COA holds that points under OV 4 must be supported by evidence of psychological harm to victim

In People v. McChester, No 318145, the Michigan Court of Appeals held that under Offense Variable 4, for psychological injury to a victim, points may only be assessed where a preponderance of the evidence supports the proposition that the victim suffered serious psychological injury.

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MSC grants mini-oral argument on whether a court must consider all seven factors in MCL 600.2955(1) when determining an expert witness’s reliability

In Cullum v. Lopatin, No. 149955, Cullum sued Dr. Lopatin for medical malpractice after he developed avascular necrosis (AVN) in his right hip bone allegedly following Dr. Lopatin’s steroid treatment of his sinusitis. Cullum alleged that AVN is a well-known potential side effect of that treatment. Cullum submitted two affidavits of merit with his claim. One stated that Dr. Lopatin breached his standard of care; the other stated that the treatment was the probable cause of Cullum’s AVN.  As is frequently the case in medical malpractice actions, Cullum’s case boiled down to a battle of the experts.  The trial court found Cullum’s expert’s testimony to be too speculative.  The Court of Appeals found the trial court’s expert analysis lacking.  The Michigan Supreme Court granted argument on the application for leave on the following issues: (1) whether the trial court was required to consider all of the factors in MCL 600.2955(1) in light of Edry v. Adelman, 486 Mich. 634 (2010); (2) whether the trial court abused its discretion in holding that plaintiff’s expert’s opinion was inadmissible under MRE 702 because it was based on speculation; and (3) whether the Court of Appeals applied the correct standard of review. Read More

COA holds that defendant cannot be sentenced as both a general habitual offender and a SORA habitual offender

In People v. Allen, No. 318560, the Michigan Court of Appeals held that the trial court erred by sentencing the defendant under both the general habitual offender provision, MCL 769.10(1)(a), and the SORA habitual offender provision, MCL 28.729(1)(b). The defendant was convicted of failing to register as a sex offender under the Sex Offender Registration Act, MCL 28.729(1)(b) pursuant to a jury trial. The court held that since the language in the general habitual offender statute directs the court to sentence the defendant to a maximum term that is not more than one and one-half times the sentence for a first offense for that crime, the trial court erred by sentencing the defendant to one and one-half times the maximum sentence under the SORA habitual offender provision.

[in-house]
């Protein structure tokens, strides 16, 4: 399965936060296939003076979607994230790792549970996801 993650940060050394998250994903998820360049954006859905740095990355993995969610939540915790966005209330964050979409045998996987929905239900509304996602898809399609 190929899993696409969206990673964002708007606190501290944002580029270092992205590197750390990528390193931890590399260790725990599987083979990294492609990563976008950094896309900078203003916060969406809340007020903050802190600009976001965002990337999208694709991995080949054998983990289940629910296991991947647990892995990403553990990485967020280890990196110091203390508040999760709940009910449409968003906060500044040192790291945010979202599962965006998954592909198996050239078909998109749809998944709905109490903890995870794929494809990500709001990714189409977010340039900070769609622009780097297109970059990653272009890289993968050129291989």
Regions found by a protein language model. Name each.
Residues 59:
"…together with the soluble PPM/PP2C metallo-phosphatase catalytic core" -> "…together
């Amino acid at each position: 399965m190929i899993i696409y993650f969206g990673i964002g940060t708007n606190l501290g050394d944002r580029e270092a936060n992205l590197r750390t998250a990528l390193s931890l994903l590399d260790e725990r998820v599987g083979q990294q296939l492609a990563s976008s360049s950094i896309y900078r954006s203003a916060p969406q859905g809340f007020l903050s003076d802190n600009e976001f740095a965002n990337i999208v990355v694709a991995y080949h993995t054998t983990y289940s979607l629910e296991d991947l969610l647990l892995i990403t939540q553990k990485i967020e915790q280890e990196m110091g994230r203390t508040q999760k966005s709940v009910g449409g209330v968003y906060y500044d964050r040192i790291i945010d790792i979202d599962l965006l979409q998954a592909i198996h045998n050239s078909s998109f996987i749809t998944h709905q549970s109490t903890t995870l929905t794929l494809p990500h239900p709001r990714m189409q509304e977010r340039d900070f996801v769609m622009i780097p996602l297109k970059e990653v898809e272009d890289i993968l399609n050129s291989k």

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MSC to decide whether contractors that prevail on contract claims are entitled to attorney fees under the Construction Lien Act where their lien foreclosure claims remain unresolved

In Ronnisch Construction Group Inc. v. Lofts on the Nine, L.L.C., No. 150029, the Michigan Supreme Court granted the application for leave to appeal the Court of Appeals’ July 24, 2014 judgment.  The Court of Appeals held that a lien claimant under the Construction Lien Act may be entitled to recover attorney fees even when the lien claim is not fully adjudicated.  Further, a lien claimant may be entitled to attorney fees even though its related breach of contract claim is settled and the lienee reasonably disputes the amounts owed. Read More

MSC to determine where remaining funds donated to help ailing man should go

What happens to funds donated by third party donors to defray a private citizen’s unexpected medical expenses if money remains after the beneficiary dies? That is the question the Michigan Supreme Court will decide in In re Filibeck, No. 149671. Read More

COA considers whether certain claims in a church dispute are barred by the religious protections of the First and Fourteenth Amendments

The Michigan Court in the consolidated cases of Pilgrims Rest Baptists Church v. Pearson, SR., No 318797 and Pilgrims Rest Baptists Church v. Mayfield, No. 319571 held that in cases dealing with a religious entity, (i) claims for conversion are justiciable  (ii) employment claims against a church are non-justiciable, and (iii) claims involving membership and property rights of members of a church board of directors may be justiciable if the issues do not involve the interpretation of religious doctrines and religious polity. Read More